Slate's Summary Judgment: 'Dominion: Prequel to the Exorcist,' 'Revenge of the Sith'
ALEX CHADWICK, host:
We can't all get to France for the weekend, but we `Cannes' visit the local movie theater. What's on this weekend? It's time for our weekly digest of what the critics are saying about the Force being with a certain new release. Here's Mark Jordan Legan with Slate's Summary Judgment.
MARK JORDAN LEGAN reporting:
OK, let's get right to that prequel that everyone in the world is talking about. That's right, "Dominion: Prequel to the Exorcist." Now, now, don't get your Obi-Wan in a twist; we'll get to that other little film in a minute.
But first, in limited release, we have Paul Schrader's version of "The Exorcist" prequel. Now the odd thing about this one is that after Schrader, who write "Taxi Driver" and "Raging Bull," turned in his finished film, the studio deemed it too slow and not scary enough and dumped the whole thing. Then they hired Randy Harlin of "Die Hard 2" and "Cliffhanger" fame to make the film over and add more jolts and shake it up. Harlin's version was a critical and commercial flop last year, and thanks to the Internet and horror film fans asking for it, Schrader's version is now seeing the light of day.
(Soundbite of "Dominion: Prequel to the Exorcist")
Unidentified Man #1: Built the church on top of this. That's why they buried it, to hold this down. They used St. Michael to emphasize that the Old Guards had no power before the one.
Unidentified Man #2: But I never believed.
LEGAN: Well, most of the critics like it better than Harlin's version, but not by much. Even though LA Weekly found it an `ambitious, serious-minded horror opus,' The Village Voice sniffs, `Predictably, Schrader's version is a sober as Harlin's is beery,' and Entertainment Weekly says, `This film is a notch better than Harlin's. It's elegantly framed and stately where the other one was music-video pushy.' So basically, we have strike two for "The Exorcist" prequel. Why don't they give the same script to the Farrelly brothers and then maybe "There's Something About Satan" will finally hit box-office gold.
Speaking of box-office gold, this week's only wide release--make that superwide release--is "Star Wars: Episode III - Revenge of the Nerds"--er, "the Sith," sorry. The final chapter in the prequel trilogy shows how young Anakin Skywalker becomes Darth Vader, and then--oh, come on. If you need a plot recap, this movie doesn't need you.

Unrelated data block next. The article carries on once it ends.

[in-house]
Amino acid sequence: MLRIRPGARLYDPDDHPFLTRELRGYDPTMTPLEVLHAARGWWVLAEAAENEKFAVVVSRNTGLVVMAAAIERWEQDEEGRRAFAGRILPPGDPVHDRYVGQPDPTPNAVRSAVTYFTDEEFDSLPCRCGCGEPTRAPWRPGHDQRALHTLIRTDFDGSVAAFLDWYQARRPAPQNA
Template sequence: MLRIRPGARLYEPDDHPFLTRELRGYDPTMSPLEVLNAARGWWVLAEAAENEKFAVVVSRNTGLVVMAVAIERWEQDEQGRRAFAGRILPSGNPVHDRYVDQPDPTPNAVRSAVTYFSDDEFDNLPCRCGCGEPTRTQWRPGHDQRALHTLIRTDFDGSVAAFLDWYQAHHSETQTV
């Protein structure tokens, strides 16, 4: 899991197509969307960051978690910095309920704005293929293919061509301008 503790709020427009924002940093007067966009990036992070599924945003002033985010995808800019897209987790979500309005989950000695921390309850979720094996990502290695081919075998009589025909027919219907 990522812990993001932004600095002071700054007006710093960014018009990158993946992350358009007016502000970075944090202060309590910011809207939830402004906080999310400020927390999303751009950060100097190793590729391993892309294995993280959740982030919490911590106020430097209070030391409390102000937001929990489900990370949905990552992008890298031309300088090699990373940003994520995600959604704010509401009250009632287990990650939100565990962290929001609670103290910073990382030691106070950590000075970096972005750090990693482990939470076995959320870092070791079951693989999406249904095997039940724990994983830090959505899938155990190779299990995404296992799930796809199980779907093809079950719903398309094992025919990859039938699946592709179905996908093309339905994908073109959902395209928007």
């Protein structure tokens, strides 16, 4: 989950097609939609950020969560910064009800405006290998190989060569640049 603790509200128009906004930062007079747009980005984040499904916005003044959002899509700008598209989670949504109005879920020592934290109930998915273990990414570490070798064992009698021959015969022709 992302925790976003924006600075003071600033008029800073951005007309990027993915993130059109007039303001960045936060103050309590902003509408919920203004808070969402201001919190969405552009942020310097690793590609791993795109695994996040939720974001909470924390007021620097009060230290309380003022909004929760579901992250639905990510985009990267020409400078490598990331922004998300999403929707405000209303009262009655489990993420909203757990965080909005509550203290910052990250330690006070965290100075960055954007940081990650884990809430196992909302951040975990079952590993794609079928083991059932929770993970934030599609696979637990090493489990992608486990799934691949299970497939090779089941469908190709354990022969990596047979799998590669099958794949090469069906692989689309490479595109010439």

(Soundbite of "Star Wars: Episode III - Revenge of the Sith")
Mr. IAN McDIARMID: (As Emperor Palpatine) All who gain power are afraid to lose it, even the Jedi.
Mr. HAYDEN CHRISTENSEN: (As Anakin Skywalker) The Jedi use their power for good.
Mr. McDIARMID: (As Palpatine) Good is a point of view, Anakin. The Sith and the Jedi are similar in almost every way, including our quest for greater power.
Mr. CHRISTENSEN: (As Skywalker) The Sith rely on their passion for their strength. They think inwards, only about themselves.
Mr. McDIARMID: (As Palpatine) And the Jedi don't?
LEGAN: Now you might recall, episodes I and II were panned as nearly unwatchable by many critics. This time they're being pretty kind. That George Lucas is a genius. He didn't want to make those movies so lame, but he was forced to by the dark side. The New York Times crows that `"Sith" is by far the best film in the more recent trilogy and also the best of the four Mr. Lucas has directed. That's right, it's better than "Star Wars."'
The Baltimore Sun calls it `a pop masterpiece,' but the New York Daily News sums it up best for all the film's detractors--and they are out there--`The dialogue is astonishingly feeble and the acting unforgivably wooden.' In fact, complaints about the acting and dialogue about, even in the positive reviews. But most critics seem happy to overlook such earthly quibbles when it comes to a franchise that's meant so much to so many for so long. The Washington Post calls it `a brilliant consummation to a promise made a long time ago, far, far away in a galaxy called 1977.'
Of course, my one complaint with the film is that it never does explain how Darth Vader ended up doing voice-overs for CNN. But maybe that's another movie.
CHADWICK: Mark Jordan Legan is a Jedi-class writer living in Los Angeles.
And there's more to come on DAY TO DAY from NPR News.
NPR transcripts are created on a rush deadline by Verb8tm, Inc., an NPR contractor, and produced using a proprietary transcription process developed with NPR. This text may not be in its final form and may be updated or revised in the future. Accuracy and availability may vary. The authoritative record of NPR’s programming is the audio record.